Mesnard, Pierre (1936)1951 L‘essor de la philosophie politique au XVIe siécle. 2d ed. Paris: Vrin.
Monnot, P. 1941 Suarez: I. Vie et oeuvrés. Volume 14, part 2, cols. 2638-2649 in Dictionnaire de théologie catholique contenant l‘exposé des doctrines de la théologie catholique, leurs preuves et leur histoire. Paris: Letouzey & Ané.
MÚgica, PlÁCIDO 1948 Bibliografia suareciana. Universidad de Granada, Cátedra Suárez.
RazÓn Y Fe 1948 Centenario de Suarez: 1548-1948. Madrid: Razón y Fe.
Scott, James Brown 1933 Suárez and the International Community. Pages 44-50 in Catholic University of America, Francisco Suárez: Addresses in Commemoration of His Contribution to International Law and Politics. Washington: Catholic Univ. of America.
SolÁ, Francisco De P. 1948 Suárez y las ediciones de sus obras: Monografia bibliográfica con ocasión del IV centenario de nacimento, 1548—1948. Barcelona: Editorial Atlántida.
SuÁez, Francisco (1612-1621) 1944 Selections From Three Works of Francisco Suárez. De legibus, ac Deo legislatore, 1612. Defensio fidei catholicae, et apostolicae adversus anglicanae sectae errores, 1613. De triplici virtute theologica, fide, spe, et chántate, 1621. 2 vols. Oxford: Clarendon. → Volume 1 contains selections from the Latin editions; Volume 2 contains the translations.
SuÁez, FranciscoR.p. Francisci Suárez . . . Opera om-nia. 28 vols. Paris: Vives, 1856-1878. Translations in the text were provided by the editors.
Suárez: Modernité traditionelle de sa philosophie. 1949 Archives de philosophie 18, no. 1:3-128.
Wilenius, Reijo 1963 The Social and Political Theory of Francisco Suárez. Acta philosophica Fennica, No. 15. Helsinki: No publisher given.
ZaragÜta Bengoechea, Juan 1941 El problema del ser en la metafisica de Suárez. Granada, Universidad de, Boletin de la Universidad de Granada 13, no. 62:59-81.
ZaragÜta Bengoechea, Juan 1941 La teoria suareciana de la causalidad: Los valores ético-juridicos en el pensamiento de Suárez. Granada, Universidad de, Boletin de la Universidad de Granada 13, no. 63:173-219.
SUÁREZ, FRANCISCO (1548–1617), was a Spanish Jesuit philosopher, theologian, and jurist. Francisco de Suárez was born on January 5, 1548, at Granada, where his father was a wealthy barrister. Destined by his family to an ecclesiastical career, he prepared for it by studying canon law at the University of Salamanca. In 1564 he joined the Society of Jesus. From 1566 to 1570 he was a student of theology at the same university at a time when it was undergoing a lively Thomist revival.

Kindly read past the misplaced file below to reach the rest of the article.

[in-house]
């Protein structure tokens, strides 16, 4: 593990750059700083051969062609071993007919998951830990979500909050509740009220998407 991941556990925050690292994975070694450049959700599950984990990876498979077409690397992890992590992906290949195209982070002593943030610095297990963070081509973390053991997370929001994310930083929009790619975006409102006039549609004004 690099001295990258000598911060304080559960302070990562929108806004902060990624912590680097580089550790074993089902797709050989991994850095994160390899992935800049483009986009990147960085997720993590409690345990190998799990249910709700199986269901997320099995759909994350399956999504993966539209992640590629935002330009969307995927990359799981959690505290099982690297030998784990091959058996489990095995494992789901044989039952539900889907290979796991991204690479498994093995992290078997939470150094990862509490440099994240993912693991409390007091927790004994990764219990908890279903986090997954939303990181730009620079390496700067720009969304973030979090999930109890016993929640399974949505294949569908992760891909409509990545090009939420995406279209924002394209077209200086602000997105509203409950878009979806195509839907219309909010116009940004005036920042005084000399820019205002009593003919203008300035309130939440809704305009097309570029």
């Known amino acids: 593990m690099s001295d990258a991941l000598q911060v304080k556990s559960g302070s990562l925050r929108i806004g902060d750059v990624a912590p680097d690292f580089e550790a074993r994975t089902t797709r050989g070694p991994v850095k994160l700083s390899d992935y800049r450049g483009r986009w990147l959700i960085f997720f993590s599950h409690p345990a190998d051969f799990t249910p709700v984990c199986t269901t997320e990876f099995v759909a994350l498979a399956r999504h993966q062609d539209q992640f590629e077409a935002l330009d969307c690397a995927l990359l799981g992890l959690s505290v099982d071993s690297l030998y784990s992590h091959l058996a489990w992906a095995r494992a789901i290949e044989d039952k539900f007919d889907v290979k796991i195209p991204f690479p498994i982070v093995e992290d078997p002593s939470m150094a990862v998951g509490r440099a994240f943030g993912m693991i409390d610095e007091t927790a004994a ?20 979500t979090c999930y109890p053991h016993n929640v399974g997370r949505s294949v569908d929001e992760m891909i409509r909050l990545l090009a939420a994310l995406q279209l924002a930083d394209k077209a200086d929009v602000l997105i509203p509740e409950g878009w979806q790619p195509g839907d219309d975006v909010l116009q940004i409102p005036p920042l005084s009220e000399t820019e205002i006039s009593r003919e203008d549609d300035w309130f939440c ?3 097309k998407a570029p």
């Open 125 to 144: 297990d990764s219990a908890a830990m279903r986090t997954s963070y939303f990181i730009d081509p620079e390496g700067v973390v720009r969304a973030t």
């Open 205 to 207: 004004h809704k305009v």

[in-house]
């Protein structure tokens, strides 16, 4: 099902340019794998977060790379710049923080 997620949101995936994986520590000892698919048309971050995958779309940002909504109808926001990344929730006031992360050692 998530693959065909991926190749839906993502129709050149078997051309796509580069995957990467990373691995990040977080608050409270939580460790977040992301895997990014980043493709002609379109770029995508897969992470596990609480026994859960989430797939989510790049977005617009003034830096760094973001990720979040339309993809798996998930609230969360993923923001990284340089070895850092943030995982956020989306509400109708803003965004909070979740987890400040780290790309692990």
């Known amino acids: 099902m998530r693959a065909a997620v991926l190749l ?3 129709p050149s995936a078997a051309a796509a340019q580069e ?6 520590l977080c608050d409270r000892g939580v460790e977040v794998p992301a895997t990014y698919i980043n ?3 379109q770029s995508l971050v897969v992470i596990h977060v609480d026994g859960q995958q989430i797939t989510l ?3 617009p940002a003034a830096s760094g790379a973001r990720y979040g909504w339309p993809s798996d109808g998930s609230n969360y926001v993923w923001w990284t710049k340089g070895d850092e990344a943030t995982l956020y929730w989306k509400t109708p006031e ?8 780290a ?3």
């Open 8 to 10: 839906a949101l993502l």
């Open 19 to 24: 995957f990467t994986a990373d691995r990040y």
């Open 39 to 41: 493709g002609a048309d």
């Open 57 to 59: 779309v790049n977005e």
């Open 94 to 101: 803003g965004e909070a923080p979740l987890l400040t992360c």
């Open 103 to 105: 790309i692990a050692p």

In 1571, the year before he was ordained priest, Suárez was assigned to teach philosophy at Segovia, and over the next decade he taught both philosophy and theology at various Jesuit colleges in Castile, including Valladolid, where he delivered a set of celebrated lectures on the first part of Thomas Aquinas's Summa theologiae. Called to Rome in 1580, he continued the series at the Roman College, where his subject was the second part and where, it is said, Pope Gregory XIII was occasionally in attendance. Uncertain health brought Suárez back to Spain in 1585, to Alcalá, and here his lectures on the Summa, specifically on the third part, were concluded. He transferred to Salamanca in 1592, and in 1597, at the instance of Philip II of Spain (now also king of Portugal), he went to Coimbra, where he taught until 1616. He died a year later in Lisbon.
Suárez's first published work, De deo incarnato, which grew out of his lectures on the third part of the Summa, appeared in 1590, and his last, De defensione fidei, a tract directed against the views on the divine right of kings held by James I of England, in 1613. In between he published eleven other works, of which the most popular and influential, Disputationes metaphysicae (1597), went through eighteen editions in the course of the seventeenth century. Ten more works were published posthumously before 1655, under the direction of the Portuguese Jesuits. The passage of time did not lessen interest in Suárez's writings; editions of his Omnia opera were published in Venice in 1747 and in Paris in 1856.
Suárez's thought was expressed always within a scholastic context, and he professed to be a Thomist. Certainly the work of Thomas Aquinas was basic to his own, but he often deviated from classical Thomism, a fact stressed particularly during the Thomist revival of the early twentieth century. Suárez, for example, did not admit the real distinction between essence and existence, and his metaphysics was more a self-contained whole than a mere elaboration of Aristotle. He viewed philosophy in any case as a basis for theological research.
In the quarrel between the Jesuits and the Dominicans over the problem of the relationship between grace and free will he took no formal part, though during the crisis of the first decade of the seventeenth century he was active behind the scenes promoting the more liberal Jesuit position. Similarly, he did much to establish the moral school of probabilism, which was later associated with Jesuit confessional practice. As a jurist Suárez did much to elaborate the notion of penal law and the juridical force of custom. He was a powerful advocate of the principle of subsidiarity in civil society, and he insisted that the powers of the state were rooted in the free consent of the governed. His doctrine of ius gentium, based upon the precept of universal love that transcends national or racial divisions, contributed to the development of international law.